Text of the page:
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Difference between revisions of "Kromdraai Cave"

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==History of investigations==
 
==History of investigations==
  
In 1938 the site was brought to the attention of [[Robert Broom]] by a local schoolboy named Gert Terrblanche who had discovered several hominin teeth.  The teeth formed part of a skull that would become the [[holotype]] of ''[[Paranthropus robustus]]''. Broom began excavations at the site that would continue until approximatly 1947 and would result in the discovery of numerous hominin remains as well as thousands of fossil animals.  Two deposits were noted and named at the site - Kromdraai A and Kromdraai B - the latter being the site where the hominin remains were recovered<ref name="Broom">{{cite book|title=finding the Missing Link|accessdate=|author=R. Broom|authorlink= |coauthors= |date=1950 |format= |work= |publisher=Watts, London|pages= |language= |archiveurl= |archivedate= |quote= }}</ref>. {{Image|Kromdraai A.jpg|left|250px|Kromdraai A viewed from the Southwest in 2007.}}
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In 1938 the site was brought to the attention of [[Robert Broom]] by a local schoolboy named Gert Terrblanche who had discovered several hominin teeth.  The teeth formed part of a skull that would become the [[holotype]] of ''[[Paranthropus robustus]]''. Broom began excavations at the site that would continue until approximately 1947 and would result in the discovery of numerous hominin remains as well as thousands of fossil animals.  Two deposits were noted and named at the site - Kromdraai A and Kromdraai B - the latter being the site where the hominin remains were recovered<ref name="Broom">{{cite book|title=finding the Missing Link|accessdate=|author=R. Broom|authorlink= |coauthors= |date=1950 |format= |work= |publisher=Watts, London|pages= |language= |archiveurl= |archivedate= |quote= }}</ref>. {{Image|Kromdraai A.jpg|left|250px|Kromdraai A viewed from the Southwest in 2007.}}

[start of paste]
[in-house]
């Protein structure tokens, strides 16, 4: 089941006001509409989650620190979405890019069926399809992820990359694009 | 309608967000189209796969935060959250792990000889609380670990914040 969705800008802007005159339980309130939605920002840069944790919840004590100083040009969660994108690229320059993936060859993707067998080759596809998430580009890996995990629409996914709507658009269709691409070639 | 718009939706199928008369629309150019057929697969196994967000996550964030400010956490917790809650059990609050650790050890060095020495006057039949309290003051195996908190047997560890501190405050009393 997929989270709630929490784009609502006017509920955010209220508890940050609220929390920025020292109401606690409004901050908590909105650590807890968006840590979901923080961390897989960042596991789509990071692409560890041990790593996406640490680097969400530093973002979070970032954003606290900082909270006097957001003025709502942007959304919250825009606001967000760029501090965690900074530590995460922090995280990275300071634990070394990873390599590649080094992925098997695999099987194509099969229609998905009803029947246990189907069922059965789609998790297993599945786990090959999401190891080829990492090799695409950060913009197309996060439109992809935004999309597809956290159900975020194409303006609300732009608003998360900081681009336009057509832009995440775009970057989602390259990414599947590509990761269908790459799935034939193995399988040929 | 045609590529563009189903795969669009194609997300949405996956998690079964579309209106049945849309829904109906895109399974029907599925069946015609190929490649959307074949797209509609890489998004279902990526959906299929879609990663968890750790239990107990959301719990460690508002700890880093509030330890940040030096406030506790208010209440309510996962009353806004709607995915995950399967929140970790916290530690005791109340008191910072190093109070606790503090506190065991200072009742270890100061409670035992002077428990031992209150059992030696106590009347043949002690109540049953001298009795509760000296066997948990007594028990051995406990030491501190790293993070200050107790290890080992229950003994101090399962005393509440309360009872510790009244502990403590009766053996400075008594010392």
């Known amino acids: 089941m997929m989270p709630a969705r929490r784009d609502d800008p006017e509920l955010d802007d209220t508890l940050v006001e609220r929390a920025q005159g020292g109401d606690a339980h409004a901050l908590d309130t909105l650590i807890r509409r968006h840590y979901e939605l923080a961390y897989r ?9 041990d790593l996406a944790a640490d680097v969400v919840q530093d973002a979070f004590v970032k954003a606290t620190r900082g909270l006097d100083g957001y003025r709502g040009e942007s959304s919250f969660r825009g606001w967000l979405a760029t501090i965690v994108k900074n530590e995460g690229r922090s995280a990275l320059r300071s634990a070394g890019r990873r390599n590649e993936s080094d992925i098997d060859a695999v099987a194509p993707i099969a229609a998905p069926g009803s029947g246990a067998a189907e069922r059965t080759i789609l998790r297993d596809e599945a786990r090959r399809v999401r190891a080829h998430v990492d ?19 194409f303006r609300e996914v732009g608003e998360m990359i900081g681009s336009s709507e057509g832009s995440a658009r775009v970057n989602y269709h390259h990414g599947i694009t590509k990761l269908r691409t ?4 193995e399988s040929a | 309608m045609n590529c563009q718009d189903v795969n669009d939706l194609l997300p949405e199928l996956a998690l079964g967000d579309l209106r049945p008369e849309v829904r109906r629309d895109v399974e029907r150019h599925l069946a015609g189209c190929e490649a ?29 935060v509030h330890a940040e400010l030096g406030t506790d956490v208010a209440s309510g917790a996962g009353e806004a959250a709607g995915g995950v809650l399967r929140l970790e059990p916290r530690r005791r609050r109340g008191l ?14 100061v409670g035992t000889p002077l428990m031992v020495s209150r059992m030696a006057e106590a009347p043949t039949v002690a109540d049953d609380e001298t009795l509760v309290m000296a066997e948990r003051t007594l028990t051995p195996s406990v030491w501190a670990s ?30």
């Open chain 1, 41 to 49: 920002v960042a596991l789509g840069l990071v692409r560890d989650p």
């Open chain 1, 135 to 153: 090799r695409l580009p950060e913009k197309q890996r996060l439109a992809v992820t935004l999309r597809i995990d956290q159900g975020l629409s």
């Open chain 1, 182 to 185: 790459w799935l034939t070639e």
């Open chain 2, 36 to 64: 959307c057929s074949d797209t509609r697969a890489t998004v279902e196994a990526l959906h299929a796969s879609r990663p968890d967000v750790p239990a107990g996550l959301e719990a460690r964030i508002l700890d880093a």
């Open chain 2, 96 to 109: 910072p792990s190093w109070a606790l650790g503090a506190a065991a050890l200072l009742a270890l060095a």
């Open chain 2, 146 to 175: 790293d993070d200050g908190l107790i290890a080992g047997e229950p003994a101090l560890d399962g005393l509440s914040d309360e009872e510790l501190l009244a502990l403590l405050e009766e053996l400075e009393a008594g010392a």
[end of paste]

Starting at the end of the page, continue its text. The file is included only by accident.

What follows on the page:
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In  1980's [[Elizabeth Vrba]] briefly conducted excavations at Kromdraai B in order to recover additional samples for her work on South African bovids<ref name="Vrba">{{cite book|title=The Kromdraai Australopithecine site revisted in 1980: recent investigations and results|accessdate=|author=E. Vrba|authorlink= |coauthors= |date=1981 |format= |work= |publisher=Annals of the Transvaal Museum|pages= 17-60 |language= |archiveurl= |archivedate= |quote= }}</ref>. Her excavations were by far the most extensive since Robert Broom's. This work also recovered a number hominid fossils and her excavations formed the basis of much of the present understanding of the geology of the site. It was this work that spurred the first cores to be drilled at the site and resulting anlysis showed that there were caves still present below the site.
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In  1980's [[Elizabeth Vrba]] briefly conducted excavations at Kromdraai B in order to recover additional samples for her work on South African bovids<ref name="Vrba">{{cite book|title=The Kromdraai Australopithecine site revisted in 1980: recent investigations and results|accessdate=|author=E. Vrba|authorlink= |coauthors= |date=1981 |format= |work= |publisher=Annals of the Transvaal Museum|pages= 17-60 |language= |archiveurl= |archivedate= |quote= }}</ref>. Her excavations were by far the most extensive since Robert Broom's. This work also recovered a number hominid fossils and her excavations formed the basis of much of the present understanding of the geology of the site. It was this work that spurred the first cores to be drilled at the site and resulting analysis showed that there were caves still present below the site.